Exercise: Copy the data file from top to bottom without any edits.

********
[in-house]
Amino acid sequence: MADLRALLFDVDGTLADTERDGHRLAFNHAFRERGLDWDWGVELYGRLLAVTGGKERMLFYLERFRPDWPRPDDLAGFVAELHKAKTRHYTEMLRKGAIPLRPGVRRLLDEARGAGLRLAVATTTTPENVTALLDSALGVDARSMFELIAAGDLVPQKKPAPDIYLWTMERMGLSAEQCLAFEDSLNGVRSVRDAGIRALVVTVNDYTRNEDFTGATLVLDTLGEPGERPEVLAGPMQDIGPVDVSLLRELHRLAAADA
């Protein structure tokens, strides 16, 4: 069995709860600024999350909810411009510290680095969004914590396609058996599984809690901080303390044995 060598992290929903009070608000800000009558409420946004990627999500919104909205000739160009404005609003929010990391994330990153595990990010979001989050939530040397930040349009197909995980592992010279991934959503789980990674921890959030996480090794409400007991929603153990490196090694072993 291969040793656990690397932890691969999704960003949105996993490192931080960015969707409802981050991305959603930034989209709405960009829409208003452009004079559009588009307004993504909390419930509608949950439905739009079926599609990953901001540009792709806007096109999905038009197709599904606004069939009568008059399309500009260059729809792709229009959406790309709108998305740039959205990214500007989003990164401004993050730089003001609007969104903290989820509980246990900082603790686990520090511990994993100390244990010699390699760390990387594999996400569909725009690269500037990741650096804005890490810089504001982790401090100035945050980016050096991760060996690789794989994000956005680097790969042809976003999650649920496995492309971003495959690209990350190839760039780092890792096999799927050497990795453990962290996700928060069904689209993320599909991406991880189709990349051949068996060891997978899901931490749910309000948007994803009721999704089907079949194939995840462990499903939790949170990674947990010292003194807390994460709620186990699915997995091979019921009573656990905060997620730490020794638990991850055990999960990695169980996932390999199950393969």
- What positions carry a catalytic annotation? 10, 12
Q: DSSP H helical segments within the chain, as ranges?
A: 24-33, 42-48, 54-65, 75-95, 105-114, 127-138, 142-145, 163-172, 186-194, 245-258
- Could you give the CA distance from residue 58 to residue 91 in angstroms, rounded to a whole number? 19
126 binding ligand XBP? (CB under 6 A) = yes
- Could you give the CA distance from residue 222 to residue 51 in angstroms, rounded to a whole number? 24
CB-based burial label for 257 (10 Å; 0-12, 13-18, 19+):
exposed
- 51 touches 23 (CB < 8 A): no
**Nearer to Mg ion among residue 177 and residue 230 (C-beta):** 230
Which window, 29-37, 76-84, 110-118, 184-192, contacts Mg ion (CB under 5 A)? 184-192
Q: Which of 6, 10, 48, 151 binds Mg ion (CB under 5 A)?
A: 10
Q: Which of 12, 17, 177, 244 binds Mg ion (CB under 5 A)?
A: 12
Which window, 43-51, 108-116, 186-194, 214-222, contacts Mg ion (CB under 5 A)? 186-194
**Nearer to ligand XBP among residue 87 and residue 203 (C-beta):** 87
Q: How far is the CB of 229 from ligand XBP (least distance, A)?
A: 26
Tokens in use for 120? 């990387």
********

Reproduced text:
[in-house]
Amino acid sequence: MADLRALLFDVDGTLADTERDGHRLAFNHAFRERGLDWDWGVELYGRLLAVTGGKERMLFYLERFRPDWPRPDDLAGFVAELHKAKTRHYTEMLRKGAIPLRPGVRRLLDEARGAGLRLAVATTTTPENVTALLDSALGVDARSMFELIAAGDLVPQKKPAPDIYLWTMERMGLSAEQCLAFEDSLNGVRSVRDAGIRALVVTVNDYTRNEDFTGATLVLDTLGEPGERPEVLAGPMQDIGPVDVSLLRELHRLAAADA
């Protein structure tokens, strides 16, 4: 069995709860600024999350909810411009510290680095969004914590396609058996599984809690901080303390044995 060598992290929903009070608000800000009558409420946004990627999500919104909205000739160009404005609003929010990391994330990153595990990010979001989050939530040397930040349009197909995980592992010279991934959503789980990674921890959030996480090794409400007991929603153990490196090694072993 291969040793656990690397932890691969999704960003949105996993490192931080960015969707409802981050991305959603930034989209709405960009829409208003452009004079559009588009307004993504909390419930509608949950439905739009079926599609990953901001540009792709806007096109999905038009197709599904606004069939009568008059399309500009260059729809792709229009959406790309709108998305740039959205990214500007989003990164401004993050730089003001609007969104903290989820509980246990900082603790686990520090511990994993100390244990010699390699760390990387594999996400569909725009690269500037990741650096804005890490810089504001982790401090100035945050980016050096991760060996690789794989994000956005680097790969042809976003999650649920496995492309971003495959690209990350190839760039780092890792096999799927050497990795453990962290996700928060069904689209993320599909991406991880189709990349051949068996060891997978899901931490749910309000948007994803009721999704089907079949194939995840462990499903939790949170990674947990010292003194807390994460709620186990699915997995091979019921009573656990905060997620730490020794638990991850055990999960990695169980996932390999199950393969």
- What positions carry a catalytic annotation? 10, 12
Q: DSSP H helical segments within the chain, as ranges?
A: 24-33, 42-48, 54-65, 75-95, 105-114, 127-138, 142-145, 163-172, 186-194, 245-258
- Could you give the CA distance from residue 58 to residue 91 in angstroms, rounded to a whole number? 19
126 binding ligand XBP? (CB under 6 A) = yes
- Could you give the CA distance from residue 222 to residue 51 in angstroms, rounded to a whole number? 24
CB-based burial label for 257 (10 Å; 0-12, 13-18, 19+):
exposed
- 51 touches 23 (CB < 8 A): no
**Nearer to Mg ion among residue 177 and residue 230 (C-beta):** 230
Which window, 29-37, 76-84, 110-118, 184-192, contacts Mg ion (CB under 5 A)? 184-192
Q: Which of 6, 10, 48, 151 binds Mg ion (CB under 5 A)?
A: 10
Q: Which of 12, 17, 177, 244 binds Mg ion (CB under 5 A)?
A: 12
Which window, 43-51, 108-116, 186-194, 214-222, contacts Mg ion (CB under 5 A)? 186-194
**Nearer to ligand XBP among residue 87 and residue 203 (C-beta):** 87
Q: How far is the CB of 229 from ligand XBP (least distance, A)?
A: 26
Tokens in use for 120? 């990387």